Photo by Scott Pickering

Monday, December 27, 2010

Session Prep Pays

Hey Mark,

What would you charge me for recording at my studio for:
A one hour session
A two hour session

A three hour session?

The question came in an email from a producer for whom I had played a couple of live events. After my reply regarding rates, we set a time for recording percussion at his studio.

Later in the week, the producer emailed a “rough recording” of the song. After downloading the tune onto my iPod, I listened to the song several times. The “rough” contained no vocals but as I listened, the form and major melodies began to become apparent to me. It was then easy to make a “skeleton chart” of the song on manuscript paper so that I could mark the measures where the major sections of the song began and ended.

The tap tempo feature on my Boss Dr. Beat DB66 metronome ( informed me that the song was recorded at a consistent bpm of 95. I set my Beatnik Rhythmic Analyzer ( ) to 95, grabbed some sticks, and began to warm up. (I wanted to ingrain that tempo and subdivisions into my brain and hands.)

Listening to the recording several more times with the “skeleton chart” and pencil at the ready, some ideas about instrument choices and parts sprang to mind and were added to the paper.

The session was scheduled for 1:00 P.M. so I left my home in time to arrive at the studio by 12:30. The producer seemed grateful that I was early and impressed that I had concocted a chart.

My chart also contained approximate times (min/sec) where major sections started. With this information handy, it was easy to tell the producer/engineer to skip ahead to certain min/sec areas as we recorded, thereby saving time for everyone.

The producer wanted to record parts for several instruments and choose segments to use later as he mixed. The time spent in preparation paid off as we recorded parts for congas, tambourine, shaker, rhythm triangle, Chinese bell tree, suspended cymbal, and more in about 1 ¾ hours.

Certainly there are studio situations when there is no recording (or chart) to study before the session. However, when such materials are available, take advantage of the opportunity to prepare thoroughly.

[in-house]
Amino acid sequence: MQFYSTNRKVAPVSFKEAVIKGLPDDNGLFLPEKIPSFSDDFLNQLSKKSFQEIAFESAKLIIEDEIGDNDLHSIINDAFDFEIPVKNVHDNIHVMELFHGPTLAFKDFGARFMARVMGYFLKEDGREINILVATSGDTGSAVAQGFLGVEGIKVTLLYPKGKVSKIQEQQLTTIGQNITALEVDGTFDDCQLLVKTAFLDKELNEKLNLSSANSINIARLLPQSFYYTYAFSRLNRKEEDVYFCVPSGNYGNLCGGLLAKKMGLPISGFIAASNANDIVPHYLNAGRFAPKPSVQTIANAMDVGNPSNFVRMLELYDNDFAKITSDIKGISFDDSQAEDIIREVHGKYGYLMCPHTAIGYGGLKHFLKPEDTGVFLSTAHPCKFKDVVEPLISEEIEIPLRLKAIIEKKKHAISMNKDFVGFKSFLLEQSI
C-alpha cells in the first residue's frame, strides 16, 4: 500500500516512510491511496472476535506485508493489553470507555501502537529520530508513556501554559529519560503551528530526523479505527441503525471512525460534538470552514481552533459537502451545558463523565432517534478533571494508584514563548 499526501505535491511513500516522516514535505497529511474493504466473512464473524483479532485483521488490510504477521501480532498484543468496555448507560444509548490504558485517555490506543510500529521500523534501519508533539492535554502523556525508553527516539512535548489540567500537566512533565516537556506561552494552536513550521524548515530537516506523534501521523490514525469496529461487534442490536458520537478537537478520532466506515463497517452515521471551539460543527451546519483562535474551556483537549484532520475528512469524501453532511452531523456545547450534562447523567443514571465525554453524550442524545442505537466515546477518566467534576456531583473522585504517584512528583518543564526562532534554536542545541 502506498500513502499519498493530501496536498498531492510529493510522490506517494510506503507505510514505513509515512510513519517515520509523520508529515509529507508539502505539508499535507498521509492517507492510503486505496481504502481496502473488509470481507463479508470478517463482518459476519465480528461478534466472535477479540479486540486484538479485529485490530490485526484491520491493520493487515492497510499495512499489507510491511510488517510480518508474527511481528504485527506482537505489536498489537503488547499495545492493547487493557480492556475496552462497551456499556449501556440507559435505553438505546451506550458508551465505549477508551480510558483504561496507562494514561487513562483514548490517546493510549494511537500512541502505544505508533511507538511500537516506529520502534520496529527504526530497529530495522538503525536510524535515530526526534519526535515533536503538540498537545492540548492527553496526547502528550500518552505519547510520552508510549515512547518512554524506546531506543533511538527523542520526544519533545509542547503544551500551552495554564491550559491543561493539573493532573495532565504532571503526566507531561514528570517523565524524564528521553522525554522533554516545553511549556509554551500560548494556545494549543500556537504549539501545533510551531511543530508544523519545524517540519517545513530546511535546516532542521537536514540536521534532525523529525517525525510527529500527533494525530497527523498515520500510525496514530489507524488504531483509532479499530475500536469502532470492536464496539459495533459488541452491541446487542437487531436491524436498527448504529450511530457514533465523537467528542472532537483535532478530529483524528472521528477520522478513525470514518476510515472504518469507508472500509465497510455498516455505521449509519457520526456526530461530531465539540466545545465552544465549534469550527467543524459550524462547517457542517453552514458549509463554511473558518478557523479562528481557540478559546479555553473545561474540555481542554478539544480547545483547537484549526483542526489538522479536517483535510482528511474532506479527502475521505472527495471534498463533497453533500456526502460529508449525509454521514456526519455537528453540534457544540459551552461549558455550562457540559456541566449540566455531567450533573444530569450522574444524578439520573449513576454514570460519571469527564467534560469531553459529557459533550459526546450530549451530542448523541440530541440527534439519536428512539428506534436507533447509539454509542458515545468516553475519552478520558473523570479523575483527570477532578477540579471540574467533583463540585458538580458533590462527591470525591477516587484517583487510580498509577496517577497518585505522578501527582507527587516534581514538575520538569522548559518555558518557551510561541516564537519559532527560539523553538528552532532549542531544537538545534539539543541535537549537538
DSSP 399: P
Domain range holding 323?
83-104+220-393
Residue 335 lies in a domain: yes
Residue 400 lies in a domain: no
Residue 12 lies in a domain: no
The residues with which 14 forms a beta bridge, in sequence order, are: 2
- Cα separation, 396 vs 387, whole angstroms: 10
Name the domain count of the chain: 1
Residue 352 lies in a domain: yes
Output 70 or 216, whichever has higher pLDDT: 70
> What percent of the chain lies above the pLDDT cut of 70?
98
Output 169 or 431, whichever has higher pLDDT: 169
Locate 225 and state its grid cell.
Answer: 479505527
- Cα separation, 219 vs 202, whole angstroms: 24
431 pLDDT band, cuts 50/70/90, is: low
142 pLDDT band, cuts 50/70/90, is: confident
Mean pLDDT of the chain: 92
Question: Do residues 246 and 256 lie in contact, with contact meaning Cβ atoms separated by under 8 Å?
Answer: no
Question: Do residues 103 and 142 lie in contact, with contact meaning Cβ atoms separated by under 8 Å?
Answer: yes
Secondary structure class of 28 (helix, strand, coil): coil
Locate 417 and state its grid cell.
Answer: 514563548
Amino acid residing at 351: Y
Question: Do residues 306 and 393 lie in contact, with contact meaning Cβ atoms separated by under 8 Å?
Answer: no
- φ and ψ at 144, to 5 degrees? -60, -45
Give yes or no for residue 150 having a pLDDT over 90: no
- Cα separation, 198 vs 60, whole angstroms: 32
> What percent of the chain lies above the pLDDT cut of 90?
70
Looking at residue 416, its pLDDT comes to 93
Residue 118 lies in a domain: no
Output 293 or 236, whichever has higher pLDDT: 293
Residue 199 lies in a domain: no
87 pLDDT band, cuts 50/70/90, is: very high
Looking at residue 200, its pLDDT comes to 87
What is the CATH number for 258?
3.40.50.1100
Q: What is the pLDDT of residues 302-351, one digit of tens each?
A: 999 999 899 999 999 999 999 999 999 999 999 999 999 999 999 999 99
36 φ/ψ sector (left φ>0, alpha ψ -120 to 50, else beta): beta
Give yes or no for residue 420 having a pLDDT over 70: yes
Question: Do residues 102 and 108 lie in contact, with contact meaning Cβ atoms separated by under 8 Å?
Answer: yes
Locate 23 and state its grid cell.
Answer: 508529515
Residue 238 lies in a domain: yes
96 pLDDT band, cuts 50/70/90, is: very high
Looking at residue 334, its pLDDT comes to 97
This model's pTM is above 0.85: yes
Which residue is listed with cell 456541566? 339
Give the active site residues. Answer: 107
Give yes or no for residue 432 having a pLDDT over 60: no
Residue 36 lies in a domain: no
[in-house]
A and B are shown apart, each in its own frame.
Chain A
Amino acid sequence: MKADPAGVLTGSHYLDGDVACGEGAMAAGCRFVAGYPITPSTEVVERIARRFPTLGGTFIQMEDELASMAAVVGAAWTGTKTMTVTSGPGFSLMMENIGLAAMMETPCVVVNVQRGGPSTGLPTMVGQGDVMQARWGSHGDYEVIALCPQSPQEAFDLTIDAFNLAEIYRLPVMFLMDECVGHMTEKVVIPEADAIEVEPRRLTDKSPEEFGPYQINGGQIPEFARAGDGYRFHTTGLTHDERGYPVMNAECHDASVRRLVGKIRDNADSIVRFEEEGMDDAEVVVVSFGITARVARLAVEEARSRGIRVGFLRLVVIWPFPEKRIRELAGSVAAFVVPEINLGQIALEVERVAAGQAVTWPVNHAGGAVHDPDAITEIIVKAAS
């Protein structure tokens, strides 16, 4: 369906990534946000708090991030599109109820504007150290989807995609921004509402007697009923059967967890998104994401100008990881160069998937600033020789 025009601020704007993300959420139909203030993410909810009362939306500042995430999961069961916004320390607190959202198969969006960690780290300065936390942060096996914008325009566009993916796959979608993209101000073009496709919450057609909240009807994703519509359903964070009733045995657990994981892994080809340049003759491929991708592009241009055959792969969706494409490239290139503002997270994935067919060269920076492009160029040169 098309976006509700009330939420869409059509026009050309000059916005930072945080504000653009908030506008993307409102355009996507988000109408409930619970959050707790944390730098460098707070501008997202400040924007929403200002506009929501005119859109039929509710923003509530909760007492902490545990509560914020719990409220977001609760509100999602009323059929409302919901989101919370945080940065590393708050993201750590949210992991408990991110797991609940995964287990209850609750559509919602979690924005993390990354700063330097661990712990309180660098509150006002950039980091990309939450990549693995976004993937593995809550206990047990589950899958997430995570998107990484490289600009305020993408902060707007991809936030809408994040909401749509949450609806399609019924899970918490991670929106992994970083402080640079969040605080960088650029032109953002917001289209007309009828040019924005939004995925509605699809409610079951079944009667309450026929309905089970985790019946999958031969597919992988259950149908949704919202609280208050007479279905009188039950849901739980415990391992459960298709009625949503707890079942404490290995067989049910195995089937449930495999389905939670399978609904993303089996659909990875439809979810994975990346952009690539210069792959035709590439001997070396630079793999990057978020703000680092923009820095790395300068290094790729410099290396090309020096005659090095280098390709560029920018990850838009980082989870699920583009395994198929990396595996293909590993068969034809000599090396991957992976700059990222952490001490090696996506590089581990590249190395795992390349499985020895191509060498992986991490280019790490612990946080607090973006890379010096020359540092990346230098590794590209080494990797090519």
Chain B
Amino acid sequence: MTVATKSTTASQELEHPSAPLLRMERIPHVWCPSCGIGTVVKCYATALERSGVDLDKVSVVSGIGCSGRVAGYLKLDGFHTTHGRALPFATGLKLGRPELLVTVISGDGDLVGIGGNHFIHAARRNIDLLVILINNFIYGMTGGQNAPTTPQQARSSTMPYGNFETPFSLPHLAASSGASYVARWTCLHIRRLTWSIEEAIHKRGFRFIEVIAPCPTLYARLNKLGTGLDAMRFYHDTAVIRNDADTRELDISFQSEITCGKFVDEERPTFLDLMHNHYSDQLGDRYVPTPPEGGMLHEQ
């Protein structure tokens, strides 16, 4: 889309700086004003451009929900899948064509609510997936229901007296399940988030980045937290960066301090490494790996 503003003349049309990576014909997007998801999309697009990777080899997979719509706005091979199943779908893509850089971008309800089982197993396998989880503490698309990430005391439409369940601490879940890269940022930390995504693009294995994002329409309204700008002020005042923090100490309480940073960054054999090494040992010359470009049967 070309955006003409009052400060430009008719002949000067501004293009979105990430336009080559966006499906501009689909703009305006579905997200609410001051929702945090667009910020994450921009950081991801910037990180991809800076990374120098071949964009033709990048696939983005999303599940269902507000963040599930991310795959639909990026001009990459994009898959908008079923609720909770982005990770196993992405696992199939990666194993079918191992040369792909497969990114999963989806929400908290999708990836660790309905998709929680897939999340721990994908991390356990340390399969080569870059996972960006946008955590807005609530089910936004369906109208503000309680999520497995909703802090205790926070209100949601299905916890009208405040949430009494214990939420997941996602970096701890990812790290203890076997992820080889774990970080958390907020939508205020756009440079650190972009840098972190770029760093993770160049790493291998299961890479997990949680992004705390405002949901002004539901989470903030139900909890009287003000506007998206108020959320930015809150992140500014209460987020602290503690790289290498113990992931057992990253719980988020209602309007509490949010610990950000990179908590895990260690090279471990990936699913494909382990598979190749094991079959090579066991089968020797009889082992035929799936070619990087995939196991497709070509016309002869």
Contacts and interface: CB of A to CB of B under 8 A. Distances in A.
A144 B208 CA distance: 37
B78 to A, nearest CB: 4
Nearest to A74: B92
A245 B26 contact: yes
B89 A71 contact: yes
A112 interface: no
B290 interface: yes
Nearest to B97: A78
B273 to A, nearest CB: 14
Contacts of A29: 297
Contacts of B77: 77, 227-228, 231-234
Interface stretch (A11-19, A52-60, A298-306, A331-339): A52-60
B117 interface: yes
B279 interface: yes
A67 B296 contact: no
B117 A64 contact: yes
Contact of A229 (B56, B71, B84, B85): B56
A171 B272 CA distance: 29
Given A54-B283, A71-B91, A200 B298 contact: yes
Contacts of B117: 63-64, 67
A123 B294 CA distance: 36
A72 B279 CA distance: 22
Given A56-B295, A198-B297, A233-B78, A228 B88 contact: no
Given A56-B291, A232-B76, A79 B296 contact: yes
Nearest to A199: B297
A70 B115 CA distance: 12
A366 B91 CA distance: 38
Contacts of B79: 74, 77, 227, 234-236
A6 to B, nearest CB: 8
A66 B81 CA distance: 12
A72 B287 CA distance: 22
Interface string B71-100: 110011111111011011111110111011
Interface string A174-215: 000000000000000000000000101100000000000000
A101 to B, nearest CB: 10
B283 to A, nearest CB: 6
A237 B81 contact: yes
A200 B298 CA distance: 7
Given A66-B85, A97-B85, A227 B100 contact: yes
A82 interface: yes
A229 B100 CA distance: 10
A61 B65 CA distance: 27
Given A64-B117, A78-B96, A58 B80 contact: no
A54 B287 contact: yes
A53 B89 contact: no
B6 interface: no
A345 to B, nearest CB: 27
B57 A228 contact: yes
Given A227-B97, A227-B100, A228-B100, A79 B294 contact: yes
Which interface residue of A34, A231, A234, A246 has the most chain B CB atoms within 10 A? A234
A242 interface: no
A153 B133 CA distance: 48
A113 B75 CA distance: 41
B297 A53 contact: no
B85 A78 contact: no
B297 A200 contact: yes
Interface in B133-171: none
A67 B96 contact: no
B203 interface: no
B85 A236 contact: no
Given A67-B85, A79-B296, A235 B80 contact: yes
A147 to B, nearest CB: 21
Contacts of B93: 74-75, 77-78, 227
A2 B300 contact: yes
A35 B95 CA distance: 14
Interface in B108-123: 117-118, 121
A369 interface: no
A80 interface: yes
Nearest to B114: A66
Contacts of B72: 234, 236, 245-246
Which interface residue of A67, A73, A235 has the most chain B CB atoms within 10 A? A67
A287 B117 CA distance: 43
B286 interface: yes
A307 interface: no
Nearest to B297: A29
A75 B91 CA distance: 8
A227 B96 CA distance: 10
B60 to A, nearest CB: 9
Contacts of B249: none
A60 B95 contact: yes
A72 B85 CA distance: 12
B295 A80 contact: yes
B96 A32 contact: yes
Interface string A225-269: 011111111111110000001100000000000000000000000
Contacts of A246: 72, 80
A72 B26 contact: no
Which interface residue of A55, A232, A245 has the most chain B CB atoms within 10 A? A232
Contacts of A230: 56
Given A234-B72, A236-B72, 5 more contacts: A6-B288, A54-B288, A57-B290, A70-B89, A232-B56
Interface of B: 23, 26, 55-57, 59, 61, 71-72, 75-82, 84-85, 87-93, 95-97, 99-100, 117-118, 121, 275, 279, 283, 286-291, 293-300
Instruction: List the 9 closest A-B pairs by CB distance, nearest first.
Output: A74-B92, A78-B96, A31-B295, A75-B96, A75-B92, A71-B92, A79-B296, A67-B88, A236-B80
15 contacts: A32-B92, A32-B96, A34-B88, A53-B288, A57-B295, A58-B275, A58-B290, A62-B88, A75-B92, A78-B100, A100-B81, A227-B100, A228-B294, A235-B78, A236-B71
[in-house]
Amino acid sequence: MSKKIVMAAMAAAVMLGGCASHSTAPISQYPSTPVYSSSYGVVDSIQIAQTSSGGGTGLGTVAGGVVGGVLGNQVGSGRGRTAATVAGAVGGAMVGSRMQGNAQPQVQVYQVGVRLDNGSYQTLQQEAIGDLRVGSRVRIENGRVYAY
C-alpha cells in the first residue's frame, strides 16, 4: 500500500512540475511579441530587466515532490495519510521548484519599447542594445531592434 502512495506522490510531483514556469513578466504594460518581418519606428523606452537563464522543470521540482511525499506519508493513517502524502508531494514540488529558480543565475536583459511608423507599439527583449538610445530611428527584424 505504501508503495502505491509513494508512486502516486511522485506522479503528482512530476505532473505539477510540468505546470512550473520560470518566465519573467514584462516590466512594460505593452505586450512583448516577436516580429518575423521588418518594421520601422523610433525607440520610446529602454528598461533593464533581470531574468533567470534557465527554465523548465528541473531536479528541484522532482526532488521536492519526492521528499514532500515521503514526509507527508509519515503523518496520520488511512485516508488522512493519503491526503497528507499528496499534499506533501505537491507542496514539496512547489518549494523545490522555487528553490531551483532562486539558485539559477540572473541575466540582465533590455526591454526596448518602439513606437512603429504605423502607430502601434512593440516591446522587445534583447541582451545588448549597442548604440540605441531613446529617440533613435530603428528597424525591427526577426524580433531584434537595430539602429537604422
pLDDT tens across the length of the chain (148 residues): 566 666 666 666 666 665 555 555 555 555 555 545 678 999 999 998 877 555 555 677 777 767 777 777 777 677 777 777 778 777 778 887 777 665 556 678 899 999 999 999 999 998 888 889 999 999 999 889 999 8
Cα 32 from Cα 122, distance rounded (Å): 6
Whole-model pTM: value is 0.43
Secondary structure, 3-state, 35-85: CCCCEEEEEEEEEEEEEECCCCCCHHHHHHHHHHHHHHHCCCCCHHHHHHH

I think this guy might call me again.

Tuesday, December 14, 2010

Mastering The Tables Of Time

On the shuttle ride to the airport, a piece of luggage fell and struck me. (No harm done!) However, the incident started a conversation with another passenger, David Stanoch, author of Mastering The Tables Of Time. Upon departing the bus, David presented me with a copy of his amazing book. Whether beginner or pro, drumset player or percussionist, material abounds to challenge and improve your skills. You’ll find exercises with applications for playing time, coordination, polyrhythms, and soloing.

Wednesday, December 1, 2010

How can I play all myself ?!

With Christmas just around the corner and those cantatas and spectaculars looming, you might find yourself looking at a percussion part that was intended to be played by a section and instead…it’s just YOU ! Aside from growing an extra set of arms from your stomach, your next best choice is to figure out what to play and what to delete. You might try to ask the conductor (who is still pre-occupied with that near-mishap with the flying angel at the tech rehearsal). Asking the maestro will sometimes yield a quick, “Just try to play as much as you can.”

Make plans and mark the part before the rehearsal but stay open to any in-the-moment directions from the leader during the rehearsal.

Some parts may be doubled by other instruments.
EX. The timpani line covered by the string bass and /or tuba
EX. Glockenspiel or xylophone playing unison with woodwinds
Those percussion parts are good candidates for deletion.

Certain parts may be providing the driving rhythms.
Try to include these.

Cymbals and triangle give an ensemble sparkle and ring.Look for spots that need that effect.

Some instruments help to set the mood or establish a place.
A tambourine would take precedent over bass drum in an “Eastern European” sounding passage.
If you are playing an arrangement of “I Heard The Bells On Christmas Day” and there is a part for chimes... Play that before anything else.
Nothing gives a military feel better than the snare drum.

To cover multiple instruments, be ready to make some sacrifices.
Play drums with hard plastic mallets so that you can move quickly to that glock lick.
Substitute suspended cymbal for crash cymbals and you can combine that with the snare drum part.
It only requires one hand to play the MOUNTED tambourine; the other is free to play another instrument.

Take care to devise a set-up that will allow you to move quickly and GRACEFULLY from one instrument to another. Sketch the set-up so that you can recreate it at the performance.